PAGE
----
Wednesday, January 14, 2009

You Found Us!

Back in 1995 about three months into our courtship, Alan put his arm across m shoulders one evening and told me it was time I learned about his birth anomaly.

(I held my breath)

“I was born with both knock knees and bowlegs.”


“What?! You can’t have both! That’s weird, Petersen!

Nevertheless it was true. When I first saw Alan in swim trunks I could see that his thighs were jammed together like those of a knock kneed (genu valgus) person and below the knees – shure ‘nuff, he was bow-legged (genu vargus). (Does that make him a genu-valgus-vargus?)

At any rate, a few army docs tried to fix those strange knees as did a couple of civilian podiatrists – “from the feet up” they approached the problem. To no avail. Tall people weigh more, and everyone knows that poundage is the enemy of all weight-bearing joints. And of course, Alan’s weight gain over the years just added insult to injury – literally. Surprisingly, x-rays show no arthritis (unlike my own knee x-rays) – just bone-on-bone – causing groan-on-groan -- in the medial (inside) portion of both knees. Ouch, ouch, OUCH!

Alan’s knee pain wasn’t quite this bad last September when the original surgery date was set. He postponed because he didn’t want to be laid up over the holidays. But it’s gotten so much worse that he finally became convinced of the necessity of joint replacements. And this past week, off his pain drugs per surgeon’s orders, he was barely able to get around.

Alan was pretty grouchy yesterday – understandably from being nervous, he finally confessed to me. I truly empathized with what he was facing this morning.

In a little over an hour, one old knee was gone and a new one took its place. Dr. Rosenberg reported to me promptly and showed me some lovely photos. Alan’s knee had both bone destruction and inflammation and his bones are very very hard. That’s good. No danger of osteoperosis for this guy!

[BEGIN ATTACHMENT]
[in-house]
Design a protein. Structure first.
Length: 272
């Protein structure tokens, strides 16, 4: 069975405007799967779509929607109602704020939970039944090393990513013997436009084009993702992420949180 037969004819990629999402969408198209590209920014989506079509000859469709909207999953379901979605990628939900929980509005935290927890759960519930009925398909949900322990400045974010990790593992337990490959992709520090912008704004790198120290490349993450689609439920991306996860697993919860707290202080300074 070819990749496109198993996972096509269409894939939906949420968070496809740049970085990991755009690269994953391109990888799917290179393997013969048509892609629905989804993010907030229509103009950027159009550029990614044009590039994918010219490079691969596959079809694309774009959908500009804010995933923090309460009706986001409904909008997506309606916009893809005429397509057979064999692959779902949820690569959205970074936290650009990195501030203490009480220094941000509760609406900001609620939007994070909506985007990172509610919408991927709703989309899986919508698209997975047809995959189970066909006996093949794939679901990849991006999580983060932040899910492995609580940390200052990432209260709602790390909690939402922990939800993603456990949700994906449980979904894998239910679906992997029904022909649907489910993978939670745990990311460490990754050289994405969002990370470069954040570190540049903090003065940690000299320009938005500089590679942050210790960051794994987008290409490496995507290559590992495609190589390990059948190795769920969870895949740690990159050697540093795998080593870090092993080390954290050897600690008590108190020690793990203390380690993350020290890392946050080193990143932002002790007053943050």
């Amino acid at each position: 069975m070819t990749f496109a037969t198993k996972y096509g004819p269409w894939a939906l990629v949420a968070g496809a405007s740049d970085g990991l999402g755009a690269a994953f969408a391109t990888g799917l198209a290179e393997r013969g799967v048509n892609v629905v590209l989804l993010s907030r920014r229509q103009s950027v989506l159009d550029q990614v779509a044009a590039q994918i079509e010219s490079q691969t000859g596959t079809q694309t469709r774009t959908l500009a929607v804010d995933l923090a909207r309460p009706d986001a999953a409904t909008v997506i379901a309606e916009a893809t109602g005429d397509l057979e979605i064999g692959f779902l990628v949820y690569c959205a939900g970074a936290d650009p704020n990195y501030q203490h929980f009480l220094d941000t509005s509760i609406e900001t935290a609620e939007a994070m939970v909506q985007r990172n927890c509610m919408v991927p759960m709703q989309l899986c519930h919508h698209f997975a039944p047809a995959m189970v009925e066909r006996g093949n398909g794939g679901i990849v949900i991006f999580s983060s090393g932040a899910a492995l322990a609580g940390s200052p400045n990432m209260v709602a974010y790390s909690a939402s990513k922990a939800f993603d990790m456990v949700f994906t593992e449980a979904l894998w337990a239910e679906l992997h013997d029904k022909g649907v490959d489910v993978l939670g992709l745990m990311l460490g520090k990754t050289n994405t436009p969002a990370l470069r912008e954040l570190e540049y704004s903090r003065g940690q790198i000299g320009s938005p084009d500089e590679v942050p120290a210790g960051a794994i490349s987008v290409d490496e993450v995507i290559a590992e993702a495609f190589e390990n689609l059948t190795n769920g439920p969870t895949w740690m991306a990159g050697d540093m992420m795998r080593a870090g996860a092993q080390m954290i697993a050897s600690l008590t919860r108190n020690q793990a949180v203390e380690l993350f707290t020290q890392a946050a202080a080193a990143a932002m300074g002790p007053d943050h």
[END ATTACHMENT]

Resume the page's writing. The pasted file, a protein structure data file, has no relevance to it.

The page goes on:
He’s had a miserable day of pain, of course. Hard to get the meds just right:

We sure lucked out with this room. It’s a PRIVATE! There are eight privates and 28 semi-privates. All beds full. We didn’t ask for this room with its lovely view of the snow-covered Wasatch front, but gosh, it’s nice. I have a sofa here and who knows? I just may spend the night!

6 PM
Alan ate a good meal awhile ago then the PT guy came and made him get out of bed and walk to the toilet. He did so well! Alan has been on the constant passive motion (CPM) machine all day. His doc is different than most orthopods. He insists on 8-10 hours a day vs. the 3-4 hours that the other docs require. Pretty aggressive guy! We really like him. More about him on a later blog.

Th-th-th-that's all folks!
Tune in tomorrow for some more STUFF!



  1. One hour! That's amazing! I often thank Heavenly Father for modern medical and technological advances and to live in a time when we are so blessed. Glad to hear things went well, and if it just the same with you guys, I don't really care to see the pictures...Day one down..only a few more to go ;)

  2. I'm glad Alan is doing okay! Personally I'd like to see the photos. Fascinatin'. ^^

  3. Hey, it sounds like surgery went very well. Now for the 'patient torture' of the PT guy.
    It'll seem like an eternity but will all be over soon enough. Then we can focus on the important stuff, right? -- fishing, golfing, you name it!

    Alan, here's a recent philosophy I've adopted from Mark Twain (as I have bad knees also):

    "There is no use in your walking five miles to fish when you can depend on being just as unsuccessful near home."

    Get well soon! BK